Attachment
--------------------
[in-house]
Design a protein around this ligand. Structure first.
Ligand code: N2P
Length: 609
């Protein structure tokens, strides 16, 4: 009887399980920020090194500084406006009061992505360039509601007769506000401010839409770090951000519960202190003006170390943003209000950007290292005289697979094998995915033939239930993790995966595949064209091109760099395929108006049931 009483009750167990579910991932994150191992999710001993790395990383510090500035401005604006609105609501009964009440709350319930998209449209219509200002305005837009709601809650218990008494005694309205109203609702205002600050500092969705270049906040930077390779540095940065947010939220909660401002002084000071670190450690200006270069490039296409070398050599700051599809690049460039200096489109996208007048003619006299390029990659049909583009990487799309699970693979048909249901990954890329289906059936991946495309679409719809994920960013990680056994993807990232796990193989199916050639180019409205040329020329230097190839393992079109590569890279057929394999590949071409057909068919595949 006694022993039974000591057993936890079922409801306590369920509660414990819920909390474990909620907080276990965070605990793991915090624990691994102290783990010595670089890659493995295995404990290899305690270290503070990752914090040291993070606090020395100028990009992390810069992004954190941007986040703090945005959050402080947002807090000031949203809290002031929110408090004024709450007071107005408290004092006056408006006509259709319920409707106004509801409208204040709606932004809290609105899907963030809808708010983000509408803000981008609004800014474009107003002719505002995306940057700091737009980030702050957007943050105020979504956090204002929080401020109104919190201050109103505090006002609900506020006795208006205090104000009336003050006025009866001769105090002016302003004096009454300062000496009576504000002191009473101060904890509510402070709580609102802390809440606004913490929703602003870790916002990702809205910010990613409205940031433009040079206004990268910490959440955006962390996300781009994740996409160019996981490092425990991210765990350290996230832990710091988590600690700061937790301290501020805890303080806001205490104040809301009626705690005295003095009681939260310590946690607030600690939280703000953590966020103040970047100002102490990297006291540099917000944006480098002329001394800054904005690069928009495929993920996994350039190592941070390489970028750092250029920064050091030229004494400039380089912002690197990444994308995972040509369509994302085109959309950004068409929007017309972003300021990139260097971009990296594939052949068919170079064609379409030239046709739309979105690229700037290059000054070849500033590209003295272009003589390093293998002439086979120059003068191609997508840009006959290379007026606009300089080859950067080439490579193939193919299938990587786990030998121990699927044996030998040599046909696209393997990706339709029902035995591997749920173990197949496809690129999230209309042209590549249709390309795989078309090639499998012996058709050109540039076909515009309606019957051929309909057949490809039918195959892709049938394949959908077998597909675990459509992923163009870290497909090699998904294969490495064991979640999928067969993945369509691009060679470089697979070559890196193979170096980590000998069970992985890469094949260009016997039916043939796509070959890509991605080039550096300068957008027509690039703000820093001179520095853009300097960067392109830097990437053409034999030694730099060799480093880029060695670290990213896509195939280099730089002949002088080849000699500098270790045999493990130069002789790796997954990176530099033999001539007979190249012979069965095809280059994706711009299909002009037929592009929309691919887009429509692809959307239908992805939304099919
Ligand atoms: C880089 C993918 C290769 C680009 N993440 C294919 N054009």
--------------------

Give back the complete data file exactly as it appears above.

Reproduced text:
[in-house]
Design a protein around this ligand. Structure first.
Ligand code: N2P
Length: 609
């Protein structure tokens, strides 16, 4: 009887399980920020090194500084406006009061992505360039509601007769506000401010839409770090951000519960202190003006170390943003209000950007290292005289697979094998995915033939239930993790995966595949064209091109760099395929108006049931 009483009750167990579910991932994150191992999710001993790395990383510090500035401005604006609105609501009964009440709350319930998209449209219509200002305005837009709601809650218990008494005694309205109203609702205002600050500092969705270049906040930077390779540095940065947010939220909660401002002084000071670190450690200006270069490039296409070398050599700051599809690049460039200096489109996208007048003619006299390029990659049909583009990487799309699970693979048909249901990954890329289906059936991946495309679409719809994920960013990680056994993807990232796990193989199916050639180019409205040329020329230097190839393992079109590569890279057929394999590949071409057909068919595949 006694022993039974000591057993936890079922409801306590369920509660414990819920909390474990909620907080276990965070605990793991915090624990691994102290783990010595670089890659493995295995404990290899305690270290503070990752914090040291993070606090020395100028990009992390810069992004954190941007986040703090945005959050402080947002807090000031949203809290002031929110408090004024709450007071107005408290004092006056408006006509259709319920409707106004509801409208204040709606932004809290609105899907963030809808708010983000509408803000981008609004800014474009107003002719505002995306940057700091737009980030702050957007943050105020979504956090204002929080401020109104919190201050109103505090006002609900506020006795208006205090104000009336003050006025009866001769105090002016302003004096009454300062000496009576504000002191009473101060904890509510402070709580609102802390809440606004913490929703602003870790916002990702809205910010990613409205940031433009040079206004990268910490959440955006962390996300781009994740996409160019996981490092425990991210765990350290996230832990710091988590600690700061937790301290501020805890303080806001205490104040809301009626705690005295003095009681939260310590946690607030600690939280703000953590966020103040970047100002102490990297006291540099917000944006480098002329001394800054904005690069928009495929993920996994350039190592941070390489970028750092250029920064050091030229004494400039380089912002690197990444994308995972040509369509994302085109959309950004068409929007017309972003300021990139260097971009990296594939052949068919170079064609379409030239046709739309979105690229700037290059000054070849500033590209003295272009003589390093293998002439086979120059003068191609997508840009006959290379007026606009300089080859950067080439490579193939193919299938990587786990030998121990699927044996030998040599046909696209393997990706339709029902035995591997749920173990197949496809690129999230209309042209590549249709390309795989078309090639499998012996058709050109540039076909515009309606019957051929309909057949490809039918195959892709049938394949959908077998597909675990459509992923163009870290497909090699998904294969490495064991979640999928067969993945369509691009060679470089697979070559890196193979170096980590000998069970992985890469094949260009016997039916043939796509070959890509991605080039550096300068957008027509690039703000820093001179520095853009300097960067392109830097990437053409034999030694730099060799480093880029060695670290990213896509195939280099730089002949002088080849000699500098270790045999493990130069002789790796997954990176530099033999001539007979190249012979069965095809280059994706711009299909002009037929592009929309691919887009429509692809959307239908992805939304099919
Ligand atoms: C880089 C993918 C290769 C680009 N993440 C294919 N054009």